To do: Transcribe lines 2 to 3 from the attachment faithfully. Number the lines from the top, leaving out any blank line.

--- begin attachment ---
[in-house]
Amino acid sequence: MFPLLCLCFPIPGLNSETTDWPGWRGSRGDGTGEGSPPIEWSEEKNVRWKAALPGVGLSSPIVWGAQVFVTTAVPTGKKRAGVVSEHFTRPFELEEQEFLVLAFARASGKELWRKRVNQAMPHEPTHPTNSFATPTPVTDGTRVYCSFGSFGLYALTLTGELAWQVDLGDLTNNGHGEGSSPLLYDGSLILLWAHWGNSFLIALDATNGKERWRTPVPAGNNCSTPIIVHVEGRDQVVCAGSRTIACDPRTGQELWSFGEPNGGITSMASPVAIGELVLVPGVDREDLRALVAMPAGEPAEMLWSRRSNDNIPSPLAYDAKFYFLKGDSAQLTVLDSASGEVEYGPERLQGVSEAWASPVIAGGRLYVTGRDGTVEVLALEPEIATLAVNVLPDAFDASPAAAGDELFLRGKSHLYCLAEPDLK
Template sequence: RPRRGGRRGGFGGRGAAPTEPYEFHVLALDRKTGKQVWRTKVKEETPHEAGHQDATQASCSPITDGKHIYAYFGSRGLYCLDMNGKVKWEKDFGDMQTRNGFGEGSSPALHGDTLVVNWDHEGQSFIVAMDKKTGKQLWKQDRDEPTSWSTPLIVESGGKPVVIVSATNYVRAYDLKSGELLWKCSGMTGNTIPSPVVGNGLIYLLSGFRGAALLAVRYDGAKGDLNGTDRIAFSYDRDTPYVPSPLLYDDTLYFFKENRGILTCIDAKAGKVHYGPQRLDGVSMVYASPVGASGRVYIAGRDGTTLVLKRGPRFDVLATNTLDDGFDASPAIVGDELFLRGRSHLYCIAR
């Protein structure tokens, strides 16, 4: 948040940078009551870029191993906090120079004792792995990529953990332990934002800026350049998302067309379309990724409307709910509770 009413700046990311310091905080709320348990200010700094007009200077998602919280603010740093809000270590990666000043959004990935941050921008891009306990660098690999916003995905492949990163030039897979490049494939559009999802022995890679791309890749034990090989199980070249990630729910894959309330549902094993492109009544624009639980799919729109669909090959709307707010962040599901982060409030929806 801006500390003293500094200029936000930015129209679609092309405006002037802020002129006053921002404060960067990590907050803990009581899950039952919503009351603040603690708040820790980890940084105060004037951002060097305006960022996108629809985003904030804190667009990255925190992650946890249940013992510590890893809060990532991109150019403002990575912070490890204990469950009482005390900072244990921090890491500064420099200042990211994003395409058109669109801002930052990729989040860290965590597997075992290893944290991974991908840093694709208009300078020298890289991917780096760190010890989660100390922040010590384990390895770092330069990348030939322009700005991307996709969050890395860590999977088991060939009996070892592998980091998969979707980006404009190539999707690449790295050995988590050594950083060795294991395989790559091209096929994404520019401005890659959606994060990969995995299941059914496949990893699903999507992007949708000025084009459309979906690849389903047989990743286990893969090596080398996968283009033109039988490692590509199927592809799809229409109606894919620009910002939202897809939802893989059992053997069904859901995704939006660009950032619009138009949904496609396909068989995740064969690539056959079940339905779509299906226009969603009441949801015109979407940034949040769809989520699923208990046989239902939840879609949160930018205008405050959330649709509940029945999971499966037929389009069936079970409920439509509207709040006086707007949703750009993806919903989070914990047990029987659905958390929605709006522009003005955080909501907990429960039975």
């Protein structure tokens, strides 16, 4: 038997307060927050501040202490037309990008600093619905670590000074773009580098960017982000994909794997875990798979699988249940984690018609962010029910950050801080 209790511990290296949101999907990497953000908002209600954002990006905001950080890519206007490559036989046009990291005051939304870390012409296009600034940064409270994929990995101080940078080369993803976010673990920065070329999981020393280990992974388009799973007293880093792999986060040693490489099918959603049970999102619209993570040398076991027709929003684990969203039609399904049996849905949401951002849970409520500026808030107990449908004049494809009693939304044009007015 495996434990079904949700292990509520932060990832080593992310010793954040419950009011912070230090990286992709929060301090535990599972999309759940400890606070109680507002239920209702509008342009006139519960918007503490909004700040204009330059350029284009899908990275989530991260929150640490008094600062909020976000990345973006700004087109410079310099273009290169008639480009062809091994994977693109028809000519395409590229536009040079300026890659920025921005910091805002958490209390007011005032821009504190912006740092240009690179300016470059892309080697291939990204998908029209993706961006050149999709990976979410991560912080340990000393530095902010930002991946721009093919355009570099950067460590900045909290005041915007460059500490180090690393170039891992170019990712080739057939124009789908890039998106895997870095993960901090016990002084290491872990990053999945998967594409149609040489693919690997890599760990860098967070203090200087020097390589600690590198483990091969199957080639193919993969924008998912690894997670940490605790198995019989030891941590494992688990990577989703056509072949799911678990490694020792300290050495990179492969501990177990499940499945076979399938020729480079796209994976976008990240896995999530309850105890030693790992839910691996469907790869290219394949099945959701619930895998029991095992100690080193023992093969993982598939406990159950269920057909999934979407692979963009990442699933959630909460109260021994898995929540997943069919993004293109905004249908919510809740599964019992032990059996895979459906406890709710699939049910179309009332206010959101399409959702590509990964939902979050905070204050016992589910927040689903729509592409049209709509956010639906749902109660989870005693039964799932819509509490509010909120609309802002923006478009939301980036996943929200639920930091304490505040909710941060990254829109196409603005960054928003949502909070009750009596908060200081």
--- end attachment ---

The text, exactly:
Amino acid sequence: MFPLLCLCFPIPGLNSETTDWPGWRGSRGDGTGEGSPPIEWSEEKNVRWKAALPGVGLSSPIVWGAQVFVTTAVPTGKKRAGVVSEHFTRPFELEEQEFLVLAFARASGKELWRKRVNQAMPHEPTHPTNSFATPTPVTDGTRVYCSFGSFGLYALTLTGELAWQVDLGDLTNNGHGEGSSPLLYDGSLILLWAHWGNSFLIALDATNGKERWRTPVPAGNNCSTPIIVHVEGRDQVVCAGSRTIACDPRTGQELWSFGEPNGGITSMASPVAIGELVLVPGVDREDLRALVAMPAGEPAEMLWSRRSNDNIPSPLAYDAKFYFLKGDSAQLTVLDSASGEVEYGPERLQGVSEAWASPVIAGGRLYVTGRDGTVEVLALEPEIATLAVNVLPDAFDASPAAAGDELFLRGKSHLYCLAEPDLK
Template sequence: RPRRGGRRGGFGGRGAAPTEPYEFHVLALDRKTGKQVWRTKVKEETPHEAGHQDATQASCSPITDGKHIYAYFGSRGLYCLDMNGKVKWEKDFGDMQTRNGFGEGSSPALHGDTLVVNWDHEGQSFIVAMDKKTGKQLWKQDRDEPTSWSTPLIVESGGKPVVIVSATNYVRAYDLKSGELLWKCSGMTGNTIPSPVVGNGLIYLLSGFRGAALLAVRYDGAKGDLNGTDRIAFSYDRDTPYVPSPLLYDDTLYFFKENRGILTCIDAKAGKVHYGPQRLDGVSMVYASPVGASGRVYIAGRDGTTLVLKRGPRFDVLATNTLDDGFDASPAIVGDELFLRGRSHLYCIAR